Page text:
iHotel: Reconfiguring Traditional Spaces to Emphasize Connectivity
By Keith Simmel Principal, Cooper Carry | November 15, 2015
Technology is engrained in everything we do. It's in our cars, offices, homes and even the hotels we select. Travelers today, from millennials to baby boomers, are technologically driven and expect the ease and comfort that various forms of technology can provide. Many crave convenient and quick access to information. And with more hotel flags and brands than ever, hotels must incorporate high-tech elements throughout the building from the lobby to amenity spaces to the guest room in order to stay competitive.
The need and desire for high-tech connectivity is driving hotel owners and developers to evaluate what can be added to existing hotels, and what might be required in the future. Hotels that don't embrace technology will eventually become obsolete as technology continues to become less of a luxury and more of a necessity.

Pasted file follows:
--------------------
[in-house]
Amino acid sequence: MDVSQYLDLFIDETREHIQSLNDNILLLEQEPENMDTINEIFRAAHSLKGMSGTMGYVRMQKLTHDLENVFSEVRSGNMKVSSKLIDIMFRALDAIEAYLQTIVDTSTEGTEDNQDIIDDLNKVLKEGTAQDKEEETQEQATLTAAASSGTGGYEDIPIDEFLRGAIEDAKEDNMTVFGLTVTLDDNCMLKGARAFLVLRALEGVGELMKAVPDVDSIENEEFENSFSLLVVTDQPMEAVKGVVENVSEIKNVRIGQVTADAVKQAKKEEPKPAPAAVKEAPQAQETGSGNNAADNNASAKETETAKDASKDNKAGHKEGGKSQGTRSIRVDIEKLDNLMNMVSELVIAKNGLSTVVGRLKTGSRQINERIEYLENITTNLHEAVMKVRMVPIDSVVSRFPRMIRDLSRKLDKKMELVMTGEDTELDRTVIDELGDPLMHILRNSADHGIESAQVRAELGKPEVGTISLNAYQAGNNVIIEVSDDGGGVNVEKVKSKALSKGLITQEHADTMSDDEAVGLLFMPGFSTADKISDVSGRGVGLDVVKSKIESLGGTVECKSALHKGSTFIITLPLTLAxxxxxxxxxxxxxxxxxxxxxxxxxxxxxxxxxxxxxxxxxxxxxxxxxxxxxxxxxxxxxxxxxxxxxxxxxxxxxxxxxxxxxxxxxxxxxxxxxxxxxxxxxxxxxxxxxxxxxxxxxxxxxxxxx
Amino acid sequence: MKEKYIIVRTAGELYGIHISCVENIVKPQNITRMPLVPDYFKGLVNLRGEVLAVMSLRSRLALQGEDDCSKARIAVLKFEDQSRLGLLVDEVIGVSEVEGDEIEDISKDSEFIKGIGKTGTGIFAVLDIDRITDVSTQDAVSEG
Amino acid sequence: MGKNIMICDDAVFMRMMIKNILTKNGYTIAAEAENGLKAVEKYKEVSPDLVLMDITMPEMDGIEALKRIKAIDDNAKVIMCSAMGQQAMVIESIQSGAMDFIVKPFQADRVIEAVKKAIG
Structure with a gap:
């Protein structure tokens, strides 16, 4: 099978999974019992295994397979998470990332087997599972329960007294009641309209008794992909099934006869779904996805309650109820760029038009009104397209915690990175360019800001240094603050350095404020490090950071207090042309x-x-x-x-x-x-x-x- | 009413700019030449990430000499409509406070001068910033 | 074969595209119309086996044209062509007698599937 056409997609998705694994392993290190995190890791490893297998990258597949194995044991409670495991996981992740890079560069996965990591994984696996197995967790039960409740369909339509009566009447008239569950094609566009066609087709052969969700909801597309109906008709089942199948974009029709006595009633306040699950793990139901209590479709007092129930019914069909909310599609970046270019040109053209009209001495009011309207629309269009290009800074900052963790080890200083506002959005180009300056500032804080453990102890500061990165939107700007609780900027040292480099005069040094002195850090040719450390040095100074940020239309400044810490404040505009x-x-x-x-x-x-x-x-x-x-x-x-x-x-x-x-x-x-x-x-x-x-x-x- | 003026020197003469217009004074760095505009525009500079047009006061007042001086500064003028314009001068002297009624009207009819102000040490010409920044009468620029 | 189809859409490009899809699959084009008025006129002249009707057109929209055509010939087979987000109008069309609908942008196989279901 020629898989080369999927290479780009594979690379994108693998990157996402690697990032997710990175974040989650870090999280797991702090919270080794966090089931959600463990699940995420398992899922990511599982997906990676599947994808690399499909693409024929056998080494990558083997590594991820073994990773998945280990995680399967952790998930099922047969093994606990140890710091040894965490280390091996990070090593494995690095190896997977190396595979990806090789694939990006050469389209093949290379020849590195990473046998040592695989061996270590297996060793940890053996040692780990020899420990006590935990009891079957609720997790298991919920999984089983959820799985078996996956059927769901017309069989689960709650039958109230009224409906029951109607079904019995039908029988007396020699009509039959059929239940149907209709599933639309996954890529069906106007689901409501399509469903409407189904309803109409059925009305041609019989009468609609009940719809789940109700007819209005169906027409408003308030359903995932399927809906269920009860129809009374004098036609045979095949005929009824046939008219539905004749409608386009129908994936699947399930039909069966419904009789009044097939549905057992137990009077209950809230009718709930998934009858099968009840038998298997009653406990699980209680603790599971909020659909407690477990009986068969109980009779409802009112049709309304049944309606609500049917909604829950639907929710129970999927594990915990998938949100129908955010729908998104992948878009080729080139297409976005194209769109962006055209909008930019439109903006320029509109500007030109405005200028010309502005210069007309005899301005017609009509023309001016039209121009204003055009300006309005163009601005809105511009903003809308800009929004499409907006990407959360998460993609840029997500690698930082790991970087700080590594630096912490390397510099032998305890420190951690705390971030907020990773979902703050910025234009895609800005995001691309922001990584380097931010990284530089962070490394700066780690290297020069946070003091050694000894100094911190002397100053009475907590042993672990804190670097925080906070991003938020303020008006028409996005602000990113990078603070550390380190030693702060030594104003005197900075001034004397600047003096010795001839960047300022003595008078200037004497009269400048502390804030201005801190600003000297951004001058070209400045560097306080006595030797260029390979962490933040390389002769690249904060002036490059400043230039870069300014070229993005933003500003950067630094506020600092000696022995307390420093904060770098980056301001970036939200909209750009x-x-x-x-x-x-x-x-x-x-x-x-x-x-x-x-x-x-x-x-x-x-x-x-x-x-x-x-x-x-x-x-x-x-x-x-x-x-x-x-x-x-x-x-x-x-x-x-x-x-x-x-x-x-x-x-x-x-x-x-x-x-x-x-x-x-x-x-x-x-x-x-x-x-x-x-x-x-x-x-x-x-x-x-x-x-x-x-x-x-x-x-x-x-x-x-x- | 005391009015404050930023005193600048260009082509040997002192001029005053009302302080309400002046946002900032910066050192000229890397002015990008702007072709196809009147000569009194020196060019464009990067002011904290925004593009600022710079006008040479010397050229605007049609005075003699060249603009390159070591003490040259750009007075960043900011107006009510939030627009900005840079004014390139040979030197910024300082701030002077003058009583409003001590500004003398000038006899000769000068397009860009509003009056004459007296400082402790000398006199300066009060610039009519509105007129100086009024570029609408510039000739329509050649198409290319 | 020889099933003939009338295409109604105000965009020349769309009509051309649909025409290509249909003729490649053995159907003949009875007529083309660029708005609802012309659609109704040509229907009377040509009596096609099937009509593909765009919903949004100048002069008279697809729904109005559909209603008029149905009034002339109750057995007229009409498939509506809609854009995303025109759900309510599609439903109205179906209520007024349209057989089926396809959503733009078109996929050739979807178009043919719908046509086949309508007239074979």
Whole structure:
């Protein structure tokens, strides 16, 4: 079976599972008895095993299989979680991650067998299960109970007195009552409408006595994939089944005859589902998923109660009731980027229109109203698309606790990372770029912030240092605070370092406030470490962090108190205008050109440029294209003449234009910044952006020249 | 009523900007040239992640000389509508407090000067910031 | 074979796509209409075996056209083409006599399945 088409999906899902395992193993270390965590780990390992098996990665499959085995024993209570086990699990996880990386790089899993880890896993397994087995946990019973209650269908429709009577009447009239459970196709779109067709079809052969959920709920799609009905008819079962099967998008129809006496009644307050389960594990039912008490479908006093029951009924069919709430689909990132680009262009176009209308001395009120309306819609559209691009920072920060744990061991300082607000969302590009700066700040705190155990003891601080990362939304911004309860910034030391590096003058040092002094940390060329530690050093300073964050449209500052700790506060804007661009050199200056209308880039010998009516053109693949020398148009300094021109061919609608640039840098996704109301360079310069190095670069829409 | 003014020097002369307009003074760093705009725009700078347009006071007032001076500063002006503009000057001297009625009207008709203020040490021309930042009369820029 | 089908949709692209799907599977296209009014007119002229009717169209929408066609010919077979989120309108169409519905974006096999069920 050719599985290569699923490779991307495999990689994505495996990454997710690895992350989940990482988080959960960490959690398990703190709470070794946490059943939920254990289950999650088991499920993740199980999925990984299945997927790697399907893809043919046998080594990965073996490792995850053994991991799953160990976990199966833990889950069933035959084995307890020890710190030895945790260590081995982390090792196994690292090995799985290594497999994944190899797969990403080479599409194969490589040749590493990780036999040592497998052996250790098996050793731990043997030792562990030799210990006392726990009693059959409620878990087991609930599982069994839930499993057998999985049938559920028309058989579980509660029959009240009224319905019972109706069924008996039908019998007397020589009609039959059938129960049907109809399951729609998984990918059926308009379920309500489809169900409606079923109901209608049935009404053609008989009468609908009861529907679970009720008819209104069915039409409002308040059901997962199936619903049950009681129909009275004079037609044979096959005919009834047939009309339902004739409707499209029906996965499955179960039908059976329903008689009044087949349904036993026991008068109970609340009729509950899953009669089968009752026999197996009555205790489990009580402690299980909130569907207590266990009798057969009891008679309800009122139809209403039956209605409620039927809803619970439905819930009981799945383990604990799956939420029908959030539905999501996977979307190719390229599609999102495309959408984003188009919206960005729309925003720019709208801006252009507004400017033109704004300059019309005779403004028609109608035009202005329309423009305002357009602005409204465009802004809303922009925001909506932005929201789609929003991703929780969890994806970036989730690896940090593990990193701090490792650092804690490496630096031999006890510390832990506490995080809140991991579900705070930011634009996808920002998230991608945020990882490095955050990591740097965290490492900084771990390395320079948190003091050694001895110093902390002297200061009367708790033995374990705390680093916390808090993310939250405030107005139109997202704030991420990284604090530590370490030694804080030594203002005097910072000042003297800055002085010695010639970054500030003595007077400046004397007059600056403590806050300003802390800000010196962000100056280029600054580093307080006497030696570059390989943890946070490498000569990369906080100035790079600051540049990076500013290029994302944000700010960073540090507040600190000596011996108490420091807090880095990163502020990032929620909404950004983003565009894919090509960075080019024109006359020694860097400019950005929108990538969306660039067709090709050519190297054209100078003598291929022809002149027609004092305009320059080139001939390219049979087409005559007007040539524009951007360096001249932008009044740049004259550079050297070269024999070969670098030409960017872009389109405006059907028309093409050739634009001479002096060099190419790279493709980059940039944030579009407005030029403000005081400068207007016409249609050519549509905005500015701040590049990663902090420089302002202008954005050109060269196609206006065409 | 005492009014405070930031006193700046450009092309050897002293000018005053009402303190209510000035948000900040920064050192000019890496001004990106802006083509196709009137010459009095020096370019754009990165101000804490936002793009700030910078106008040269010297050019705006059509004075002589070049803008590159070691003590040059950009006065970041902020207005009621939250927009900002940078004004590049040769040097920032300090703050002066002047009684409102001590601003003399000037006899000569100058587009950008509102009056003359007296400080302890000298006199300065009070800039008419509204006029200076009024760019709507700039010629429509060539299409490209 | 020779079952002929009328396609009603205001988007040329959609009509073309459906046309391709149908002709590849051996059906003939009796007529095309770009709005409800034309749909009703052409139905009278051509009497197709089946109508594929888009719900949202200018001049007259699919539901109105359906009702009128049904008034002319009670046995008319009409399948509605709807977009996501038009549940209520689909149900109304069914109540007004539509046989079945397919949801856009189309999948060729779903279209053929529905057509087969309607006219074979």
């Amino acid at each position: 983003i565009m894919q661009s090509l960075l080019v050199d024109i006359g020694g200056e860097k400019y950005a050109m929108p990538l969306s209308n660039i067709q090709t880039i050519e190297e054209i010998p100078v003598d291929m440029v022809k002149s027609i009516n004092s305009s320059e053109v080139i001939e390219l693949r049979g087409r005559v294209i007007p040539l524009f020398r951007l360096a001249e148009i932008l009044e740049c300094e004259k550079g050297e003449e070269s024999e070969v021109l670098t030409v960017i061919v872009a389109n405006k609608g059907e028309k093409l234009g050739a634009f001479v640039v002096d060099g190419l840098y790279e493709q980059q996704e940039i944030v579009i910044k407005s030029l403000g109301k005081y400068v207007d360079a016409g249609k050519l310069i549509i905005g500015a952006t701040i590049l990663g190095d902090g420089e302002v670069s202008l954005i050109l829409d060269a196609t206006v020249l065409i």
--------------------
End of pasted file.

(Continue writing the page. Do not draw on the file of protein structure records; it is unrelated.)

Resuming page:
Lobbies and Public Spaces
Traditional lobby spaces are becoming more of a social hub with lobby functions such as registration and concierge services moving to periphery space. The lobby itself is now occupied by spaces that allow people to connect. Bars and lounges, breakfast and casual dining and even pop-up meeting areas are teeming with people. Several years ago, people would order a room-service hamburger and work on their computer with the television on in the background. Today, people are more likely to grab their tablet or laptop and camp out in the lobby where they can work, grab that burger, and feel a part of the larger social scene in the hotel.
Lobbies and public spaces have to accommodate the need for power sources. At the bare minimum, almost every guest travels with a cell phone, and, most of the time, also a laptop or tablet. Think about the lounge seating at airports that now have power stations where people tend to congregate. In lobbies and public spaces, designers are locating power sources in inconspicuous, yet convenient locations, near seating or dining clusters.
Access to wireless internet services in lobbies and amenity spaces is also a must. Since internet access is required for most activities on a phone, and data can be pricey, travelers don't just expect Wi-Fi, they demand it. It's the cheapest way to check-in with friends and family members while traveling, and many business travelers view it as a requirement so they are able to work on the road.
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